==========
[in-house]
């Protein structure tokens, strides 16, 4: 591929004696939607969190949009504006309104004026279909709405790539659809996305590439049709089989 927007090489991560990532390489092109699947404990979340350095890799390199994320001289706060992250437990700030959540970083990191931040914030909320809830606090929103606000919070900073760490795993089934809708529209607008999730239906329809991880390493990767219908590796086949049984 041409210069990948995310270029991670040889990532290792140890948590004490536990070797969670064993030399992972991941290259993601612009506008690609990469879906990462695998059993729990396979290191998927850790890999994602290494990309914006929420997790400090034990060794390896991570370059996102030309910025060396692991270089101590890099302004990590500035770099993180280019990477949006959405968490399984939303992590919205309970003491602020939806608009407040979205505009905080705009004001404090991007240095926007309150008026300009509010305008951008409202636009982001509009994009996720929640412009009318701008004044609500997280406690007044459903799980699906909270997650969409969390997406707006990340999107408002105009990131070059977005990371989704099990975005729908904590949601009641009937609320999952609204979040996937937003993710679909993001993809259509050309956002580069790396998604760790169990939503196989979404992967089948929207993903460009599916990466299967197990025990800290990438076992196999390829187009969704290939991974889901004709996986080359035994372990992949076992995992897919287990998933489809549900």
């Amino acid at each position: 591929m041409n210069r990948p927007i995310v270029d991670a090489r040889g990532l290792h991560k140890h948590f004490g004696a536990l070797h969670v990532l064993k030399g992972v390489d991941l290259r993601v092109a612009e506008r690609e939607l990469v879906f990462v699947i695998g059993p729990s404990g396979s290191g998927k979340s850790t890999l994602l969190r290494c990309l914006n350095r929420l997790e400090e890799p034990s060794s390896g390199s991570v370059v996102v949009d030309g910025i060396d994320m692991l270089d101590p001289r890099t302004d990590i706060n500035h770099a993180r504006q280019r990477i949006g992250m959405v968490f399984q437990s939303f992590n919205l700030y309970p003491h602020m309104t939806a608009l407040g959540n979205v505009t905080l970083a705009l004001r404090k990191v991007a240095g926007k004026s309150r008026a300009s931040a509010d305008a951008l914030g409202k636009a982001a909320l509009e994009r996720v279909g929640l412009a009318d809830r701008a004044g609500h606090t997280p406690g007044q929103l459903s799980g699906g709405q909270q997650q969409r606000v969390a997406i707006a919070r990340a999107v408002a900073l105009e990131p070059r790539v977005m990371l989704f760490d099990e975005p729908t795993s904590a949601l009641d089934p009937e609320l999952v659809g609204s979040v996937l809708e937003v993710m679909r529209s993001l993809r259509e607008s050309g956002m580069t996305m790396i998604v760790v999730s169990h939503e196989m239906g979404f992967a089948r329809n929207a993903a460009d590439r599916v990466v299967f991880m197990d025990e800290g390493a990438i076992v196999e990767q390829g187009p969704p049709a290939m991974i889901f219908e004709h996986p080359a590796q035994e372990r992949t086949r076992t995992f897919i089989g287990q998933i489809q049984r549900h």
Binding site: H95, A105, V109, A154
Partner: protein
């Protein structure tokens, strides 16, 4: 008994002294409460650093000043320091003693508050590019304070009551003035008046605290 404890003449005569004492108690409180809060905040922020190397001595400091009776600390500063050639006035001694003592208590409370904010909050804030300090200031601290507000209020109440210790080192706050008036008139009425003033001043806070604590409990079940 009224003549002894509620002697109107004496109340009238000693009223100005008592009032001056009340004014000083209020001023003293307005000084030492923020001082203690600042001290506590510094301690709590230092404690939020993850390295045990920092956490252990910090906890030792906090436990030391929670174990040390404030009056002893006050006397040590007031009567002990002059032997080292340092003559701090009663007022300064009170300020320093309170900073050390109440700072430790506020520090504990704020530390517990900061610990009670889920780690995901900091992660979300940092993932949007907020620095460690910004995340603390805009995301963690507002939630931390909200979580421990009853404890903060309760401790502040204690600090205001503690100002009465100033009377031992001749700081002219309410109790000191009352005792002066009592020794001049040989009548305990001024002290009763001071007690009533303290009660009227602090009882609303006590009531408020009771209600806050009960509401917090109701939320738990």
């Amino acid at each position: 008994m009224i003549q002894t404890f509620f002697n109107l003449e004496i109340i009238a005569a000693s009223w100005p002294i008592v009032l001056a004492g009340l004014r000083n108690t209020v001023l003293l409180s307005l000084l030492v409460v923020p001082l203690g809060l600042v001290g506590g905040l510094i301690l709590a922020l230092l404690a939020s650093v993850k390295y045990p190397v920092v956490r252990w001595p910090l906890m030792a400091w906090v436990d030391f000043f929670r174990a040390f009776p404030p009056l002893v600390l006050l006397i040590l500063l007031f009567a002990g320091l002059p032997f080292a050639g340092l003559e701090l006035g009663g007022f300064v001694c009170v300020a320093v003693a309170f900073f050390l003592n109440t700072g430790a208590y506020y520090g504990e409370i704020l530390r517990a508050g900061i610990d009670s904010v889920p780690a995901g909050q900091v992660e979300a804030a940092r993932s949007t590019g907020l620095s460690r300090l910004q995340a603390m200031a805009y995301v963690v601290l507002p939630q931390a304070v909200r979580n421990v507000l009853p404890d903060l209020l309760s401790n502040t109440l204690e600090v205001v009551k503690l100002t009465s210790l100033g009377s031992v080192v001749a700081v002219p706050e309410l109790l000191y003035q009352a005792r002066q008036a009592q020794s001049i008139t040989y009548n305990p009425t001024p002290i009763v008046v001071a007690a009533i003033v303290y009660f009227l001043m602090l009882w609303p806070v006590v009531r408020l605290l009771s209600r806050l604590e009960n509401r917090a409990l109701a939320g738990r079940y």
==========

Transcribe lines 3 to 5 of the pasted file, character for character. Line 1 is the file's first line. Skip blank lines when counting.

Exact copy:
């Amino acid at each position: 591929m041409n210069r990948p927007i995310v270029d991670a090489r040889g990532l290792h991560k140890h948590f004490g004696a536990l070797h969670v990532l064993k030399g992972v390489d991941l290259r993601v092109a612009e506008r690609e939607l990469v879906f990462v699947i695998g059993p729990s404990g396979s290191g998927k979340s850790t890999l994602l969190r290494c990309l914006n350095r929420l997790e400090e890799p034990s060794s390896g390199s991570v370059v996102v949009d030309g910025i060396d994320m692991l270089d101590p001289r890099t302004d990590i706060n500035h770099a993180r504006q280019r990477i949006g992250m959405v968490f399984q437990s939303f992590n919205l700030y309970p003491h602020m309104t939806a608009l407040g959540n979205v505009t905080l970083a705009l004001r404090k990191v991007a240095g926007k004026s309150r008026a300009s931040a509010d305008a951008l914030g409202k636009a982001a909320l509009e994009r996720v279909g929640l412009a009318d809830r701008a004044g609500h606090t997280p406690g007044q929103l459903s799980g699906g709405q909270q997650q969409r606000v969390a997406i707006a919070r990340a999107v408002a900073l105009e990131p070059r790539v977005m990371l989704f760490d099990e975005p729908t795993s904590a949601l009641d089934p009937e609320l999952v659809g609204s979040v996937l809708e937003v993710m679909r529209s993001l993809r259509e607008s050309g956002m580069t996305m790396i998604v760790v999730s169990h939503e196989m239906g979404f992967a089948r329809n929207a993903a460009d590439r599916v990466v299967f991880m197990d025990e800290g390493a990438i076992v196999e990767q390829g187009p969704p049709a290939m991974i889901f219908e004709h996986p080359a590796q035994e372990r992949t086949r076992t995992f897919i089989g287990q998933i489809q049984r549900h």
Binding site: H95, A105, V109, A154
Partner: protein